Posted by: livingscripture | April 27, 2014

DIVINE MERCY SUNDAY

From the Word of the Day

 

Now, Jesus did many other signs in the presence of his disciples that are not written in this book.  But these are written that you may come to believe that Jesus is the Christ, the Son of God, and that through this belief you may have life in his name.”

 (John 20: 31)    

 

How should we live this WordHigh%20Resolution%20Divine%20Mercy[1]

John concludes his Gospel with a statement regarding the choice he made in reference to signs, the events that the other evangelists call miracles.  He affirms that he chose only a few among the many, but that these are enough to reinforce the gift of faith in Christ Jesus, the Risen Lord.  It is as though he is saying that it is not the quality or quantity of signs that make for faith.  He says this after his narration of the last type of signs, those of the apparitions.  We can imagine that there were many other unwritten apparitions that happened between Jesus and His disciples.  It was a vital frequency so that the Risen Lord could hearten his own in a few days and give them the strength to continue the proclamation of the Good News with renewed and powerful zeal.

John, perhaps more than the other evangelists, stresses how the physical presence of Jesus in life had not as yet transformed and changed the minds of the disciples.  Even the most faithful and enthusiastic ones continued to ask Him questions, like Philip who said, “Show us the Father and it will be enough”, or Thomas who would not believe unless he saw the mark of the nails in his hands and put his finger into the nail marks and his hand into his side.  Jesus’ physicality was not proof sufficient of His divinity nor were the obvious signs of the miracles worked.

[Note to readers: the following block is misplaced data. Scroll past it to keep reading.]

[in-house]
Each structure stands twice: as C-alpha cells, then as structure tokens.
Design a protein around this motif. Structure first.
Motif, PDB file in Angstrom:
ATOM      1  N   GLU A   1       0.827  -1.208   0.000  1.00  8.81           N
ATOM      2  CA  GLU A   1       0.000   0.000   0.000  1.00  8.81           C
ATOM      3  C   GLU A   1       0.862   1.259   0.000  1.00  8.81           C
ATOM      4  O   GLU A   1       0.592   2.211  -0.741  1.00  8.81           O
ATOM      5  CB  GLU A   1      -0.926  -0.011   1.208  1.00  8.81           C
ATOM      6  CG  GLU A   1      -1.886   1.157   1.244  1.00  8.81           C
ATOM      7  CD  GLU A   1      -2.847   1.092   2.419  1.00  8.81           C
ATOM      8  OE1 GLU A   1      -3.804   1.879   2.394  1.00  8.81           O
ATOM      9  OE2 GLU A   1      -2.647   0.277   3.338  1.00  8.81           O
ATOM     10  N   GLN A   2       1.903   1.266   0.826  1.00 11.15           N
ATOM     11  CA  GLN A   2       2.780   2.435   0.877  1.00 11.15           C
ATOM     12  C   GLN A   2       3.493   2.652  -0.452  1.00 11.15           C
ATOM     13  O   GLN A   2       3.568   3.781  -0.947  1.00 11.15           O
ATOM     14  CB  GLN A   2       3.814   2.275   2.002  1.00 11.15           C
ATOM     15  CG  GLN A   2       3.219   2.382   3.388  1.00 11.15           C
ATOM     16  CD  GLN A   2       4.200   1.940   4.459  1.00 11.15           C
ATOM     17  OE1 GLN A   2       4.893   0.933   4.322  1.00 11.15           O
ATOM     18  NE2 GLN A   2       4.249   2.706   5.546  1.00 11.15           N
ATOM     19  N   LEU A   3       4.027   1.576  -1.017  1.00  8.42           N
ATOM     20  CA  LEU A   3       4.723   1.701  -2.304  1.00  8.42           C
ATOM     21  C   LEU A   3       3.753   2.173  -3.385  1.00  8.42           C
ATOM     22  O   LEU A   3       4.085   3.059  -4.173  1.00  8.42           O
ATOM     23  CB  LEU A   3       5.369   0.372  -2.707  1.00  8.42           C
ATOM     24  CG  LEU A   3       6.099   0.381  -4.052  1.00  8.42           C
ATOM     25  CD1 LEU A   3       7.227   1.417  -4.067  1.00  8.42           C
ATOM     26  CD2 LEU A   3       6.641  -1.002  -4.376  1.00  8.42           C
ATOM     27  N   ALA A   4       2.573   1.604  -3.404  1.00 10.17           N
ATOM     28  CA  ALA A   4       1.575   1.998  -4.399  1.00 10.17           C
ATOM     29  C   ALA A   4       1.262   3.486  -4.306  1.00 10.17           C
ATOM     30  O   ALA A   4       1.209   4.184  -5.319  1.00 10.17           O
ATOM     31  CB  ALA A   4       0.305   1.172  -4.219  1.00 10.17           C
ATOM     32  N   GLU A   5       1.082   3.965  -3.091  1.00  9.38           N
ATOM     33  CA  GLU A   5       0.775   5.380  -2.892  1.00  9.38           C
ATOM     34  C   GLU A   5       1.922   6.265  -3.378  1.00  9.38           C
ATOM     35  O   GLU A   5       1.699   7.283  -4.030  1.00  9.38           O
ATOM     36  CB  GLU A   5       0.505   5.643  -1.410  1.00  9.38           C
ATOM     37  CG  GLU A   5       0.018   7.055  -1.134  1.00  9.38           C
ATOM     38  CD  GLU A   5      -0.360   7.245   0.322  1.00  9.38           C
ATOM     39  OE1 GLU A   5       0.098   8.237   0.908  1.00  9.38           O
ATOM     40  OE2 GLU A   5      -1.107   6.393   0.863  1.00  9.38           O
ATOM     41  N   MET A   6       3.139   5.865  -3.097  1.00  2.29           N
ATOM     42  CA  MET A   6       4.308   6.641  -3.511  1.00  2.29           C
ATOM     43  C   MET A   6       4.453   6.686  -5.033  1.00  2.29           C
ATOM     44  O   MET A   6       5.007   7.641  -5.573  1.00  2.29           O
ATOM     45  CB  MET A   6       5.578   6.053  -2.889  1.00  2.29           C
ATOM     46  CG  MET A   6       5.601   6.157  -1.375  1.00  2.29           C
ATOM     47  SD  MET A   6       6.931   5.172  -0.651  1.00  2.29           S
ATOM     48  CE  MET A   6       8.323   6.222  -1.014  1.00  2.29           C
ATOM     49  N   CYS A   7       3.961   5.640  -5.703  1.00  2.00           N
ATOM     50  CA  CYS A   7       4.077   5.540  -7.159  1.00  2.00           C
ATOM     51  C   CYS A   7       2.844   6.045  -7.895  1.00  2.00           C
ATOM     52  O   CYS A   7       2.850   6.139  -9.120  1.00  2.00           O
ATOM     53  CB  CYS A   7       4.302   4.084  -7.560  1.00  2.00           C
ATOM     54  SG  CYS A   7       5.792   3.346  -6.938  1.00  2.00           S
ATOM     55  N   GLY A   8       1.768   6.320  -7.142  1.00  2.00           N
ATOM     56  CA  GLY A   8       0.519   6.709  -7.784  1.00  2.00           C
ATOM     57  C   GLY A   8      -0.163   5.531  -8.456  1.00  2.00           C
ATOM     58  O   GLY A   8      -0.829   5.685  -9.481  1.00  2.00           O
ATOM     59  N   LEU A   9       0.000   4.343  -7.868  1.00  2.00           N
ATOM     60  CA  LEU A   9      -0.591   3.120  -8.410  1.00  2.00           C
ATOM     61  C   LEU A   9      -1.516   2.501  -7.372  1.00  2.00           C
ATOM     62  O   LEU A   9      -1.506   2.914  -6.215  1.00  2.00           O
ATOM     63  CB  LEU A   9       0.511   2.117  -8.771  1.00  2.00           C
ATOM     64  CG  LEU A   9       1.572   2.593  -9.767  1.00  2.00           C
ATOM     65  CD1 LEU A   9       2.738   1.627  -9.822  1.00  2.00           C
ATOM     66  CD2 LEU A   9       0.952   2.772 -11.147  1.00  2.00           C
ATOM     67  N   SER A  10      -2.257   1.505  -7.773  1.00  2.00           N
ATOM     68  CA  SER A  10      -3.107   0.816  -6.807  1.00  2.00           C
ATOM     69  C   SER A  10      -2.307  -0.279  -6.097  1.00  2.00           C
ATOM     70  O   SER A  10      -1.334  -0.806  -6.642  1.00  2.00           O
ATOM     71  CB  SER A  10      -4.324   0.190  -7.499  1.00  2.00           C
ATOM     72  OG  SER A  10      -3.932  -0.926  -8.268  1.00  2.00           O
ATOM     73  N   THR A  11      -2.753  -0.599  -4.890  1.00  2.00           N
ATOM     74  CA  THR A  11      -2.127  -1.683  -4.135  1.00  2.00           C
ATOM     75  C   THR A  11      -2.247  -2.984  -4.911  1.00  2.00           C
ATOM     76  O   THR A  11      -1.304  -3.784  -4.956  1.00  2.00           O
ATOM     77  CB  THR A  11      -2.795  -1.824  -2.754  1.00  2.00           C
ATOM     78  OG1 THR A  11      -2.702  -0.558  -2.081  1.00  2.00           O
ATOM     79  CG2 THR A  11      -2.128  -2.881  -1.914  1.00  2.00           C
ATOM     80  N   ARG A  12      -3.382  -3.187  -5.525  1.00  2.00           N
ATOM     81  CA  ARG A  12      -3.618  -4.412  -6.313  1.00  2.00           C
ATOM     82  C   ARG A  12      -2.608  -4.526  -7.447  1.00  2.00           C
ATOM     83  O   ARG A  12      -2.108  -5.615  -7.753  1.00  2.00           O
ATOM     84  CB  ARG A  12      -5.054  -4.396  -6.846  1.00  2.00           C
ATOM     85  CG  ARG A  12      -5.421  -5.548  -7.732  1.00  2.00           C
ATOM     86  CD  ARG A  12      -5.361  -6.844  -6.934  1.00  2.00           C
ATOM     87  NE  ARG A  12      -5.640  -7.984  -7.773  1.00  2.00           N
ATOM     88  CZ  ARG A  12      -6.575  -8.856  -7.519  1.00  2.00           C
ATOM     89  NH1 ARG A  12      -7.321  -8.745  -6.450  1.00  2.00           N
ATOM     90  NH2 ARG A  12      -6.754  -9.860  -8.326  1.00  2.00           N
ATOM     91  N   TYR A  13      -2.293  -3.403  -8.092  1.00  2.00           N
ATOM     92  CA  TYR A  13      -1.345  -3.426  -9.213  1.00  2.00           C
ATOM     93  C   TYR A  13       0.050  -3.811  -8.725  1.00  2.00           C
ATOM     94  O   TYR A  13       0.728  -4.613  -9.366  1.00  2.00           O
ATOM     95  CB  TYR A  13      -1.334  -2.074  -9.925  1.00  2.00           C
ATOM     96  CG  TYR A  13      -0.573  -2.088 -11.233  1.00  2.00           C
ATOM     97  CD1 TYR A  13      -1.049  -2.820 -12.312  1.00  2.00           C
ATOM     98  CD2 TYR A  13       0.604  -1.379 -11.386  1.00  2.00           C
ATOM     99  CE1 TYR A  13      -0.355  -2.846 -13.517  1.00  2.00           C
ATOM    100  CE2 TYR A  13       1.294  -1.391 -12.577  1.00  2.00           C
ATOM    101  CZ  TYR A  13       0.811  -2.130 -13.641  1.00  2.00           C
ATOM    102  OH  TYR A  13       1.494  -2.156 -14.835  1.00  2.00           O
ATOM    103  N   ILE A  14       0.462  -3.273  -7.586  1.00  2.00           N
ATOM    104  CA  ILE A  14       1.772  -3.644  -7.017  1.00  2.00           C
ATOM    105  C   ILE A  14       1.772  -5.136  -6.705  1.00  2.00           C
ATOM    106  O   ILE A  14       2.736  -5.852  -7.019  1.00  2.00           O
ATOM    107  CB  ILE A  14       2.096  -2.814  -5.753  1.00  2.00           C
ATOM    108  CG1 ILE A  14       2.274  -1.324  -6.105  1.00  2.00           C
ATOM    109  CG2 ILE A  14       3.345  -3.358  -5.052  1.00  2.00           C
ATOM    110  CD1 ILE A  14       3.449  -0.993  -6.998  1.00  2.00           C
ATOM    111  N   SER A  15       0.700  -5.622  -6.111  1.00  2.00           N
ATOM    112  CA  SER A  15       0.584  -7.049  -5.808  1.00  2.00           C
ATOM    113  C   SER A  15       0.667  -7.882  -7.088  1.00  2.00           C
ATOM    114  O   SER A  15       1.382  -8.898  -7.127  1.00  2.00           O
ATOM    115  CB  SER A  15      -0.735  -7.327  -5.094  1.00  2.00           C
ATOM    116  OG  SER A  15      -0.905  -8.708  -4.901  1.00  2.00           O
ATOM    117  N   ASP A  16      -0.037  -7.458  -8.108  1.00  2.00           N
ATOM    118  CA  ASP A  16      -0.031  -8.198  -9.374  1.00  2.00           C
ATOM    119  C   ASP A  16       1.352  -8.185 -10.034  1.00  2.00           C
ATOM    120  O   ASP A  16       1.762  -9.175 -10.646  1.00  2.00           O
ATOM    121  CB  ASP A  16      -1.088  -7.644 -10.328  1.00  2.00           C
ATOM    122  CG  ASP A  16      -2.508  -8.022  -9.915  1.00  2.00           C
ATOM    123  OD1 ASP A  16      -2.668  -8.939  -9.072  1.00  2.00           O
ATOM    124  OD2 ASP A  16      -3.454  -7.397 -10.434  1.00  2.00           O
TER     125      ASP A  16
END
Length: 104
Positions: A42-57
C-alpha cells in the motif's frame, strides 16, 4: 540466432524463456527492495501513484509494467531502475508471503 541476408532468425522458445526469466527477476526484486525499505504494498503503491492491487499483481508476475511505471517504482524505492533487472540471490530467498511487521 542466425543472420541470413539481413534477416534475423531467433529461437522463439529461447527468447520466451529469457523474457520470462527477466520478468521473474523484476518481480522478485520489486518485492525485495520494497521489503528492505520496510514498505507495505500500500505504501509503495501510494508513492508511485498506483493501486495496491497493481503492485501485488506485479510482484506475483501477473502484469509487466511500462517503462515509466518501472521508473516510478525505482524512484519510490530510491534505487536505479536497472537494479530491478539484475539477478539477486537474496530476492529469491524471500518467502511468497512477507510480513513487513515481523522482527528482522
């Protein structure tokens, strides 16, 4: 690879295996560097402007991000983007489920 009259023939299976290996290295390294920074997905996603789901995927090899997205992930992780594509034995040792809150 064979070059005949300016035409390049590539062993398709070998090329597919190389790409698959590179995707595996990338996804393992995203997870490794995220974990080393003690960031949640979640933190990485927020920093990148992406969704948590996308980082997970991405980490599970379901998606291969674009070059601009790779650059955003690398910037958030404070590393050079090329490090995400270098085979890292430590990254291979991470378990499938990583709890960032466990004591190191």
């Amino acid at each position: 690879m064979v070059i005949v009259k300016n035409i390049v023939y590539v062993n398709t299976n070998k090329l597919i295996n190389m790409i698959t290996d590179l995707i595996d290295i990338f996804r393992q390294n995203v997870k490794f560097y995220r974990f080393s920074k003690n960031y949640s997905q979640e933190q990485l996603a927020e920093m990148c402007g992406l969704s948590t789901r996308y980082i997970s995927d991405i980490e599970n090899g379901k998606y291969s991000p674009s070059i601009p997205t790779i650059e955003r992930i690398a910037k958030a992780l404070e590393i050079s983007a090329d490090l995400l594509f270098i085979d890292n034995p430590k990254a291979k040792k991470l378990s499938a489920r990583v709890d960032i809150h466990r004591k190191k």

These chosen narratives of His apparitions hide the secret of an authentic encounter with Christ as the Son of God, the only Savior of the world.  We must become aware of what His presence in our life implies and how it leads to a relationship.  Mary Magdalene sees Jesus in the garden of the tomb and does not recognize Him.  After Jesus asks her who she is looking for and calls her by name, she recognizes Him as the Teacher but she must not hold on to Him.  She must go beyond.  Thomas is obstinate in his disbelief.  The words of the Risen One and Thomas’ readiness to be touched, take away all need of ulterior proof and he exclaims, “My Lord and my God”.  John, after a night of futile work and having accepted the invitation of a stranger to fish again, even though it is daylight, once the boat is filled with fish and they are yet far from shore,  he recognizes that the stranger is Jesus and he calls Him the Lord!

Today as I pause for silent contemplation, I will ask Jesus to ready my heart to see Him in the many ways He shows Himself to me during my day. 

Lord, I find it so hard to believe you are present with me always.  Reinforce my faith so that it believes even without overt signs because I trust You implicitly.   

The voice of Pope St. Gregory 

Blessed are those who have not seen and yet believe!  These words apply to us, who believe in the One we have not seen with our senses.  But our faith must be followed by works, putting our faith into practice.


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